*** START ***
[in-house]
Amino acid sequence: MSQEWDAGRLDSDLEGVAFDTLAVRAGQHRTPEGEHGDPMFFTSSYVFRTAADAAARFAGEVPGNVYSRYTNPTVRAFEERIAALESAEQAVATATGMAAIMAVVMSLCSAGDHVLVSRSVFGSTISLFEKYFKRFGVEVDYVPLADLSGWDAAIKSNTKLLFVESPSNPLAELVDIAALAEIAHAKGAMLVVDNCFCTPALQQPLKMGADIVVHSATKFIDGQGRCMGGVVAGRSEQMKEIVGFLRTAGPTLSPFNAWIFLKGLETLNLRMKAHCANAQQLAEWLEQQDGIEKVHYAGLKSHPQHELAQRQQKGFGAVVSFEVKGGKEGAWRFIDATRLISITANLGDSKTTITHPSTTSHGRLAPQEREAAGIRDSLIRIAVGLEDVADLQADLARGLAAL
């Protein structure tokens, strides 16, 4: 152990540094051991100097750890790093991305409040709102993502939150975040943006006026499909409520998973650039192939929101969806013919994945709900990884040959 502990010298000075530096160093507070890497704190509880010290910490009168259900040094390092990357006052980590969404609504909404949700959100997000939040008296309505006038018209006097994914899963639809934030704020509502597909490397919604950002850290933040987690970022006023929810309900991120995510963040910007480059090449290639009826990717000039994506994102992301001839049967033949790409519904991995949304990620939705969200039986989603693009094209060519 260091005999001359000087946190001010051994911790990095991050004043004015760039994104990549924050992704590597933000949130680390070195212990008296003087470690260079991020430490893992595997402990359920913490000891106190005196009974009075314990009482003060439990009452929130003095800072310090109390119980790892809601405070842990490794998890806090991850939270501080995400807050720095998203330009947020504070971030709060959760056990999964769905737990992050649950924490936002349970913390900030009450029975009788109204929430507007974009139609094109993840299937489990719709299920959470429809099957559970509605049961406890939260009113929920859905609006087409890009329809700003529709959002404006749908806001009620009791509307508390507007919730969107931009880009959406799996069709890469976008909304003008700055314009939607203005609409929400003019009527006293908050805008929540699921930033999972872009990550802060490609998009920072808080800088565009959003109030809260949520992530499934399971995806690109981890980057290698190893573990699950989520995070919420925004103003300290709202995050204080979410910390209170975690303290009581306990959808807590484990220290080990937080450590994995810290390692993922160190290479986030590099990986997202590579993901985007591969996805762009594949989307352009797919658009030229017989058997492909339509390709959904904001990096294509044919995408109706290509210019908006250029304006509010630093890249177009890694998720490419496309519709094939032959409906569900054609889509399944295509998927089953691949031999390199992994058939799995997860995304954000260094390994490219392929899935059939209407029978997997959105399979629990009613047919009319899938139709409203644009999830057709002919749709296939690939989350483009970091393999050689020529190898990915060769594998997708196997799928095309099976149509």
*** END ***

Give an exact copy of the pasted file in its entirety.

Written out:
[in-house]
Amino acid sequence: MSQEWDAGRLDSDLEGVAFDTLAVRAGQHRTPEGEHGDPMFFTSSYVFRTAADAAARFAGEVPGNVYSRYTNPTVRAFEERIAALESAEQAVATATGMAAIMAVVMSLCSAGDHVLVSRSVFGSTISLFEKYFKRFGVEVDYVPLADLSGWDAAIKSNTKLLFVESPSNPLAELVDIAALAEIAHAKGAMLVVDNCFCTPALQQPLKMGADIVVHSATKFIDGQGRCMGGVVAGRSEQMKEIVGFLRTAGPTLSPFNAWIFLKGLETLNLRMKAHCANAQQLAEWLEQQDGIEKVHYAGLKSHPQHELAQRQQKGFGAVVSFEVKGGKEGAWRFIDATRLISITANLGDSKTTITHPSTTSHGRLAPQEREAAGIRDSLIRIAVGLEDVADLQADLARGLAAL
């Protein structure tokens, strides 16, 4: 152990540094051991100097750890790093991305409040709102993502939150975040943006006026499909409520998973650039192939929101969806013919994945709900990884040959 502990010298000075530096160093507070890497704190509880010290910490009168259900040094390092990357006052980590969404609504909404949700959100997000939040008296309505006038018209006097994914899963639809934030704020509502597909490397919604950002850290933040987690970022006023929810309900991120995510963040910007480059090449290639009826990717000039994506994102992301001839049967033949790409519904991995949304990620939705969200039986989603693009094209060519 260091005999001359000087946190001010051994911790990095991050004043004015760039994104990549924050992704590597933000949130680390070195212990008296003087470690260079991020430490893992595997402990359920913490000891106190005196009974009075314990009482003060439990009452929130003095800072310090109390119980790892809601405070842990490794998890806090991850939270501080995400807050720095998203330009947020504070971030709060959760056990999964769905737990992050649950924490936002349970913390900030009450029975009788109204929430507007974009139609094109993840299937489990719709299920959470429809099957559970509605049961406890939260009113929920859905609006087409890009329809700003529709959002404006749908806001009620009791509307508390507007919730969107931009880009959406799996069709890469976008909304003008700055314009939607203005609409929400003019009527006293908050805008929540699921930033999972872009990550802060490609998009920072808080800088565009959003109030809260949520992530499934399971995806690109981890980057290698190893573990699950989520995070919420925004103003300290709202995050204080979410910390209170975690303290009581306990959808807590484990220290080990937080450590994995810290390692993922160190290479986030590099990986997202590579993901985007591969996805762009594949989307352009797919658009030229017989058997492909339509390709959904904001990096294509044919995408109706290509210019908006250029304006509010630093890249177009890694998720490419496309519709094939032959409906569900054609889509399944295509998927089953691949031999390199992994058939799995997860995304954000260094390994490219392929899935059939209407029978997997959105399979629990009613047919009319899938139709409203644009999830057709002919749709296939690939989350483009970091393999050689020529190898990915060769594998997708196997799928095309099976149509």